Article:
This is, to our knowledge, the first study to report nationally representative estimates for PWB among women and men with/without disabilities in a range of LMICs. The main strengths of the study are: (1) the use of robust nationally representative samples of women/ men aged 18–49 years with high response rates generated by an ongoing survey programme; and (2) the use of alternative analytic approaches to test the robustness of the results. The main weaknesses of the study are: (1) the use of the WGSS to identify people with disabilities; (2) the limited range of indicators of PWB employed; (3) the restricted age-range of participants (18–49 years) and (4) the cross-sectional nature of the data.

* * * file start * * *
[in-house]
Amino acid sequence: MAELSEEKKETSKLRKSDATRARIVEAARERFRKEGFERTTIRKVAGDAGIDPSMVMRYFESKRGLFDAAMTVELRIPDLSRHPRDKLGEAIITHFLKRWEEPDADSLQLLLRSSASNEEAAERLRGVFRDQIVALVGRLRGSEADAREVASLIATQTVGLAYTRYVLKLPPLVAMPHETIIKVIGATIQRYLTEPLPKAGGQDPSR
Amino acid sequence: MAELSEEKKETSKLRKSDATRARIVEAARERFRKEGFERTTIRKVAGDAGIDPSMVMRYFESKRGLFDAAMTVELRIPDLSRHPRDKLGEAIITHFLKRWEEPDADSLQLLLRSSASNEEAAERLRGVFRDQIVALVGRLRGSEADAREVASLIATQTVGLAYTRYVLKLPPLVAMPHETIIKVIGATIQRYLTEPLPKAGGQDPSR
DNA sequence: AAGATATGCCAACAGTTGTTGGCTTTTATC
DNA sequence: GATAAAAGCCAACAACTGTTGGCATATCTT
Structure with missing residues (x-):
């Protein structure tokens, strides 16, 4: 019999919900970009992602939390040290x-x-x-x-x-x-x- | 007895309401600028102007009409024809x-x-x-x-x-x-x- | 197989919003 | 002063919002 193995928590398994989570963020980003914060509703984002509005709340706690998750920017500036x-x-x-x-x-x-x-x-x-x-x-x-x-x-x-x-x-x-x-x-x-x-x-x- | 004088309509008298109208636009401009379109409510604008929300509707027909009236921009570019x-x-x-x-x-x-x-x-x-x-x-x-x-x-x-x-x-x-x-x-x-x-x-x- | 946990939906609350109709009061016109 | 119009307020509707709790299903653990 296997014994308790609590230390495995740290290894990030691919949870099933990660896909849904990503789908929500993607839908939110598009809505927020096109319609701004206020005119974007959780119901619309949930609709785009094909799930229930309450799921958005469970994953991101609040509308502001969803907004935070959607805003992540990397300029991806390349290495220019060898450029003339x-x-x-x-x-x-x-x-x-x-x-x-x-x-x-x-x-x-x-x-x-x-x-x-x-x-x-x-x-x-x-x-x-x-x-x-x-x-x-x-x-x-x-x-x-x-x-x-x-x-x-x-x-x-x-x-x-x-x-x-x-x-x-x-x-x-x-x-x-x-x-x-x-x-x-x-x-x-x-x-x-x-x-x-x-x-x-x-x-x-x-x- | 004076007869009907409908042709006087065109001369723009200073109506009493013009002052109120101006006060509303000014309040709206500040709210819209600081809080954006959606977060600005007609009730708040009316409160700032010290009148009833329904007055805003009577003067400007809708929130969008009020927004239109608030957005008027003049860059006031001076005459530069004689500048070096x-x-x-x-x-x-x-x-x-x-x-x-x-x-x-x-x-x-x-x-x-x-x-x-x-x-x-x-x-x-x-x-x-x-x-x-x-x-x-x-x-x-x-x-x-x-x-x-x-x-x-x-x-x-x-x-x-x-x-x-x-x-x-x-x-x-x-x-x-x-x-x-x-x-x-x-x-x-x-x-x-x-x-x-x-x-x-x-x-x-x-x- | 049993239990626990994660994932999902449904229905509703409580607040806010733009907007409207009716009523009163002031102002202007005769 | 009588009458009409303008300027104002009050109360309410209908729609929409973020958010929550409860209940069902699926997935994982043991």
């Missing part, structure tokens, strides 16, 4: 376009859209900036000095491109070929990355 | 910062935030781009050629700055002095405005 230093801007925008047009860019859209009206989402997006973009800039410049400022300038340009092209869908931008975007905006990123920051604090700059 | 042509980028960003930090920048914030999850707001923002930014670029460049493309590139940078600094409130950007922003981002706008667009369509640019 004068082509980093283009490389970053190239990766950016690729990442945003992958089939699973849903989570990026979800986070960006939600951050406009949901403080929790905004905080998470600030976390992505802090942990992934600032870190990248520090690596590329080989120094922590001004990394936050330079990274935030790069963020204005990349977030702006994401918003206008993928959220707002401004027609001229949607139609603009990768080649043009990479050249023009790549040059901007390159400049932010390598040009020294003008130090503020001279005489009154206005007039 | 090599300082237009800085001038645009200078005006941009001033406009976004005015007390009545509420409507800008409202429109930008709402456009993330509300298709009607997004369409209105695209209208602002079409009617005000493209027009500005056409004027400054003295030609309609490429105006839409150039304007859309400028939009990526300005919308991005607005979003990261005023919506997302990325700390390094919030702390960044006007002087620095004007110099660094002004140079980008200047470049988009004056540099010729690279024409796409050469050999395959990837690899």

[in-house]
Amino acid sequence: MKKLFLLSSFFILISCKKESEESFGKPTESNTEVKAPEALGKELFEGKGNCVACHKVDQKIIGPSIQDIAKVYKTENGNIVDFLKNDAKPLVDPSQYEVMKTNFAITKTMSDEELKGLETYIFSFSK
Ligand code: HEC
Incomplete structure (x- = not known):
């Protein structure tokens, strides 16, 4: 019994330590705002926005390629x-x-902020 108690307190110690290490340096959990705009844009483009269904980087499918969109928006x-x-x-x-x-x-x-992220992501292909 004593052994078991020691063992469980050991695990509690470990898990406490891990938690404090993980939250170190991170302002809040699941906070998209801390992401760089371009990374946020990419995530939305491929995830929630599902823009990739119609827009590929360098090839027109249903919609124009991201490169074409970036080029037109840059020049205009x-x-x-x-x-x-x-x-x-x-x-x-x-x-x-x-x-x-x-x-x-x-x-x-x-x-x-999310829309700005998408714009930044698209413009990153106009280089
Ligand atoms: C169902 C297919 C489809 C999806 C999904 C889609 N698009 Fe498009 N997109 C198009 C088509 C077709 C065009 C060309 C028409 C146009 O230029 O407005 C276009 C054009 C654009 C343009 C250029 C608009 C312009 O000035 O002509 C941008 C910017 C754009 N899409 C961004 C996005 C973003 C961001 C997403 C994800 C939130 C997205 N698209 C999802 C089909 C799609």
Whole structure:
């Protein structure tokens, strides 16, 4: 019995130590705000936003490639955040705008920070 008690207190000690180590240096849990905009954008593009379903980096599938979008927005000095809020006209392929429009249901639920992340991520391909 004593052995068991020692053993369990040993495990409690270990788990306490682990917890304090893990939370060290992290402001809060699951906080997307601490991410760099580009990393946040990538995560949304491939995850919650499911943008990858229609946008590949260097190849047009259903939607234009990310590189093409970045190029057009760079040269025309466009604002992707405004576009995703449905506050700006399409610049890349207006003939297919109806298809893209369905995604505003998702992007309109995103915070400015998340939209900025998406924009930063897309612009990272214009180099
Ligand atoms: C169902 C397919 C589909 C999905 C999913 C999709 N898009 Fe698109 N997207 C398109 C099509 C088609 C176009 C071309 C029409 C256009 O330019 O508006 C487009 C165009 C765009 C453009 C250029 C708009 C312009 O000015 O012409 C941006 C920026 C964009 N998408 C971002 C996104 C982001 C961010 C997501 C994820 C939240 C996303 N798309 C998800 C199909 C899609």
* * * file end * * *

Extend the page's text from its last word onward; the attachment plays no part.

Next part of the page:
The WGSS underestimates the prevalence of disability through its failure to identify people whose disability is associated with functional impairments not included in the WGSS (e.g., mental health related limitations) [22,23,24]. This may lead to an underestimation of the strength of association between disability and PWB. The second issue means that no conclusions can be drawn about the association between disability in LMICs and other key indicators of PWB (negative affect, eudemonic wellbeing). The third issue means that these results cannot be generalised to older adults (age 50 years and above). The final issue means that no conclusions can be drawn from these data regarding causal links between disability and lower wellbeing. The results are, however, consistent with those from longitudinal studies that suggest that the onset of disability may be associated with subsequent reductions in wellbeing [11, 38].